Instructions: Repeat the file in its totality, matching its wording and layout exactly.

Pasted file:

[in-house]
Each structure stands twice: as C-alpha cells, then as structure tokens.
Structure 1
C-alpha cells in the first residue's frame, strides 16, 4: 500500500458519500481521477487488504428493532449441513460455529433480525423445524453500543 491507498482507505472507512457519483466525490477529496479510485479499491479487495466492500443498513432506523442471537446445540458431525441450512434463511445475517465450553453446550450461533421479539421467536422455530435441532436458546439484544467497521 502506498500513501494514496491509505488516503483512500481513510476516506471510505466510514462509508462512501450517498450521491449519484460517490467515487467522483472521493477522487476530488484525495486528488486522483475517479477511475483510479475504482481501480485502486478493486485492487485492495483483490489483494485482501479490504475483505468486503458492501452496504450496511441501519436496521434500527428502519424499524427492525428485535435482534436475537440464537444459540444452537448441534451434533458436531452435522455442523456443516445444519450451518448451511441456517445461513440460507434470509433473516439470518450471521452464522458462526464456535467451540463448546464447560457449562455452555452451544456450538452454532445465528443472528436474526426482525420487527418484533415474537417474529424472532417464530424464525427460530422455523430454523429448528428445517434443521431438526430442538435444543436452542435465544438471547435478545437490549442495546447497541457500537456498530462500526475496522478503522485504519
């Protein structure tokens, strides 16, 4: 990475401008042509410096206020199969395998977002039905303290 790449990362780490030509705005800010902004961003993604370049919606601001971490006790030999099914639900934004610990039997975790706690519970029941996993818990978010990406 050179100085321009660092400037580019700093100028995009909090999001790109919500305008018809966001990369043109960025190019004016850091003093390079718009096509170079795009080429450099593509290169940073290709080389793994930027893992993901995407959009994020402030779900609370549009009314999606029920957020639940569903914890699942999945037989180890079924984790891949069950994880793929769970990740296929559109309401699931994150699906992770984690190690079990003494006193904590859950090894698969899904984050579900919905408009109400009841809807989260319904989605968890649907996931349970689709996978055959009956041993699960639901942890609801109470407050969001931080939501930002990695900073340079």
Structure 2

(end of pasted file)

[in-house]
Each structure stands twice: as C-alpha cells, then as structure tokens.
Structure 1
C-alpha cells in the first residue's frame, strides 16, 4: 500500500458519500481521477487488504428493532449441513460455529433480525423445524453500543 491507498482507505472507512457519483466525490477529496479510485479499491479487495466492500443498513432506523442471537446445540458431525441450512434463511445475517465450553453446550450461533421479539421467536422455530435441532436458546439484544467497521 502506498500513501494514496491509505488516503483512500481513510476516506471510505466510514462509508462512501450517498450521491449519484460517490467515487467522483472521493477522487476530488484525495486528488486522483475517479477511475483510479475504482481501480485502486478493486485492487485492495483483490489483494485482501479490504475483505468486503458492501452496504450496511441501519436496521434500527428502519424499524427492525428485535435482534436475537440464537444459540444452537448441534451434533458436531452435522455442523456443516445444519450451518448451511441456517445461513440460507434470509433473516439470518450471521452464522458462526464456535467451540463448546464447560457449562455452555452451544456450538452454532445465528443472528436474526426482525420487527418484533415474537417474529424472532417464530424464525427460530422455523430454523429448528428445517434443521431438526430442538435444543436452542435465544438471547435478545437490549442495546447497541457500537456498530462500526475496522478503522485504519
């Protein structure tokens, strides 16, 4: 990475401008042509410096206020199969395998977002039905303290 790449990362780490030509705005800010902004961003993604370049919606601001971490006790030999099914639900934004610990039997975790706690519970029941996993818990978010990406 050179100085321009660092400037580019700093100028995009909090999001790109919500305008018809966001990369043109960025190019004016850091003093390079718009096509170079795009080429450099593509290169940073290709080389793994930027893992993901995407959009994020402030779900609370549009009314999606029920957020639940569903914890699942999945037989180890079924984790891949069950994880793929769970990740296929559109309401699931994150699906992770984690190690079990003494006193904590859950090894698969899904984050579900919905408009109400009841809807989260319904989605968890649907996931349970689709996978055959009956041993699960639901942890609801109470407050969001931080939501930002990695900073340079």
Structure 2